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Wednesday, January 16, 2013

Afghanistan: Politics, Elections, and Government Performance



Kenneth Katzman
Specialist in Middle Eastern Affairs

The capacity and transparency of Afghan governance are considered crucial to Afghan stability after U.S.-led NATO forces turn over the security mission to Afghan leadership by the end of 2014. The size and capability of the Afghan governing structure has increased significantly since the Taliban regime fell in late 2001, but progress in reducing widespread nepotism and other forms of corruption has been scant. Afghan President Hamid Karzai has accepted U.S. help to build emerging anti-corruption institutions, but these same institutions have faltered from lack of support at senior Afghan government levels. At a donors’ conference in Tokyo on July 8, 2012, donors pledged to aid Afghanistan’s economy through at least 2017, provided Afghanistan takes concrete, verifiable action to rein in corruption. On July 26, 2012, Karzai appeared to try to meet his pledges to the Tokyo conference by issuing a “decree on administrative reforms”—a document of sweeping policy directives intended to curb corruption.

Even though the government has struggled to widen its writ, President Hamid Karzai has tried to concentrate authority in Kabul through his constitutional powers of appointment at all levels. Karzai has repeatedly and publicly denied assertions by opposing faction leaders that he wants to stay in office beyond the 2014 expiration of his second term, but there are concerns he plans to use state election machinery to support the election of a successor. International efforts to curb fraud in two successive elections (for president in 2009 and parliament in 2010) largely failed and Afghan efforts to improve election oversight for the 2014 election are behind schedule, although the issue is being closely watched by Afghan civil society groups. Organized opposition political parties are working together to ensure a fair election.

No matter how the Afghan leadership succession process works out, there is concern among many observers that governance will founder as the United States and its partners wind down their involvement in Afghanistan at the end of 2014. The informal power structure consisting of regional and ethnic leaders—who have always been at least as significant a factor in governance as the formal power structure—is likely to assert itself after 2014. Their constituencies are looking to the faction leaders, rather than to the government, to protect them from civil conflict with the Taliban that is feared for the post-2014 period. An increase in influence of faction leaders will produce even more corruption and arbitrary administration of justice than is the case now. Karzai has thus far been unable to marginalize these ethnic faction leaders, in part because they have large constituencies, but he relies more closely on the loyalty of several close, ethnic Pashtun allies, particularly those from the Qandahar area. The non-Pashtun faction leaders generally oppose Karzai’s willingness to make concessions to insurgent leaders in search of a settlement. There are fears that a reintegration of the Taliban into Afghan politics—a development increasingly likely as talks between relatively moderate Taliban figures and Afghan political leaders proliferate—could further set back progress in human rights and the rights of women.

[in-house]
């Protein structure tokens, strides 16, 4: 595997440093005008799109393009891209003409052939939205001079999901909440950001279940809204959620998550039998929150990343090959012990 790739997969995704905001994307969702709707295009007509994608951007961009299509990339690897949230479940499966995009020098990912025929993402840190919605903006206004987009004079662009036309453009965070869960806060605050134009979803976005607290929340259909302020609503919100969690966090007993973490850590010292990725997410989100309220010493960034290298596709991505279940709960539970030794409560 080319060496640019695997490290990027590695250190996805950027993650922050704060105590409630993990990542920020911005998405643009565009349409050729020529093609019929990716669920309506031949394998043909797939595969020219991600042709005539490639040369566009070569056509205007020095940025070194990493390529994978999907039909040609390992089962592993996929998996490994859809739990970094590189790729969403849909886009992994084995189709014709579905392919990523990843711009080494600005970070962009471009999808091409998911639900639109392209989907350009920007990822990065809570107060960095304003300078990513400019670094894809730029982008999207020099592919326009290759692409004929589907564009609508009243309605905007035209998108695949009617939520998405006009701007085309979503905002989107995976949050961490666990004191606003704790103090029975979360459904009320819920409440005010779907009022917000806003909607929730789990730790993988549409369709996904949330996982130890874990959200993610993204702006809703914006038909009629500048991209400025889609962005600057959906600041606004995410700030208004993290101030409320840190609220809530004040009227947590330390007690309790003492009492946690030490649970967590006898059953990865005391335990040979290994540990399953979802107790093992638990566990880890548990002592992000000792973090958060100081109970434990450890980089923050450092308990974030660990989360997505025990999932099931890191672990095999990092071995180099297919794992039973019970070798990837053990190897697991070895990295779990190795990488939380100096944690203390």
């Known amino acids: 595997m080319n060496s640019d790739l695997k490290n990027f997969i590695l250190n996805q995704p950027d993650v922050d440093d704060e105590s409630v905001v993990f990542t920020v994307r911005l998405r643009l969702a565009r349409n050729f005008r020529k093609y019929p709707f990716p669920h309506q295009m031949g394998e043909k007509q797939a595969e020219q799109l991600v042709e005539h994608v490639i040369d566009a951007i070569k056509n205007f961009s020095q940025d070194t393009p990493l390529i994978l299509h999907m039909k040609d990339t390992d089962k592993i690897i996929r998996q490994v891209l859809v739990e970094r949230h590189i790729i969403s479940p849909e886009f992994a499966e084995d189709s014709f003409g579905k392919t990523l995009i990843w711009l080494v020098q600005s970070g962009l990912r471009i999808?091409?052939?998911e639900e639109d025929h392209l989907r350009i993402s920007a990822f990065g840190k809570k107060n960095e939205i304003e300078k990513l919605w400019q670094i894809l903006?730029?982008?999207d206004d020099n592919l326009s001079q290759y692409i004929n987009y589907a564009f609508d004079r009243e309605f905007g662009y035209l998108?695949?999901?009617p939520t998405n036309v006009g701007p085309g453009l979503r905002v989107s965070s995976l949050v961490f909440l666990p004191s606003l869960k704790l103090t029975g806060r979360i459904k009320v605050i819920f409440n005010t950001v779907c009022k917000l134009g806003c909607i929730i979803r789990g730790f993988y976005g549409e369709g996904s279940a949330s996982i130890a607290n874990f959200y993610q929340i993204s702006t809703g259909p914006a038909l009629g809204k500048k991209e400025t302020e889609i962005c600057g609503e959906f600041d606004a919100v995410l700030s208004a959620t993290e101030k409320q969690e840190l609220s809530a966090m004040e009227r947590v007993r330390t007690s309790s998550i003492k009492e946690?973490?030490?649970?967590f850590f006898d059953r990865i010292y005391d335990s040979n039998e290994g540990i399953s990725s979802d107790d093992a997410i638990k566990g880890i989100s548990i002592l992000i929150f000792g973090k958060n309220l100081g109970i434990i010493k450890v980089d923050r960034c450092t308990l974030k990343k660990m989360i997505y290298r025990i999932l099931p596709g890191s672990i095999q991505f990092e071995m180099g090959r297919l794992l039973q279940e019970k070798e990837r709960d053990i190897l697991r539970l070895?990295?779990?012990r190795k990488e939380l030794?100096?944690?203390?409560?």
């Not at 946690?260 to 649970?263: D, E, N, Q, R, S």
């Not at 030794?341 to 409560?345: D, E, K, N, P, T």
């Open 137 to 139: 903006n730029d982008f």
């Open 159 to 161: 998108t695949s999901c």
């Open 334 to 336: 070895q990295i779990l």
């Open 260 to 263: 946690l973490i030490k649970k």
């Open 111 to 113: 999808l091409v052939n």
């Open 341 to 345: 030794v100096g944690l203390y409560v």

Broader issues of human rights often vary depending on the security environment in particular regions, although some trends prevail nationwide. Women, media professionals, and civil society groups have made substantial gains since the fall of the Taliban, but traditional attitudes contribute to the judicial and political systems’ continued toleration of child marriages, imprisonment of women who flee domestic violence, judgments against converts from Islam to Christianity, and curbs on the sale of alcohol and Western-oriented programming in the Afghan media. See also CRS Report RL30588, Afghanistan: Post-Taliban Governance, Security, and U.S. Policy, by Kenneth Katzman; and CRS Report R41484, Afghanistan: U.S. Rule of Law and Justice Sector Assistance, by Liana Sun Wyler and Kenneth Katzman.



Date of Report: January 3, 2013
Number of Pages: 69
Order Number: RS21922
Price: $29.95

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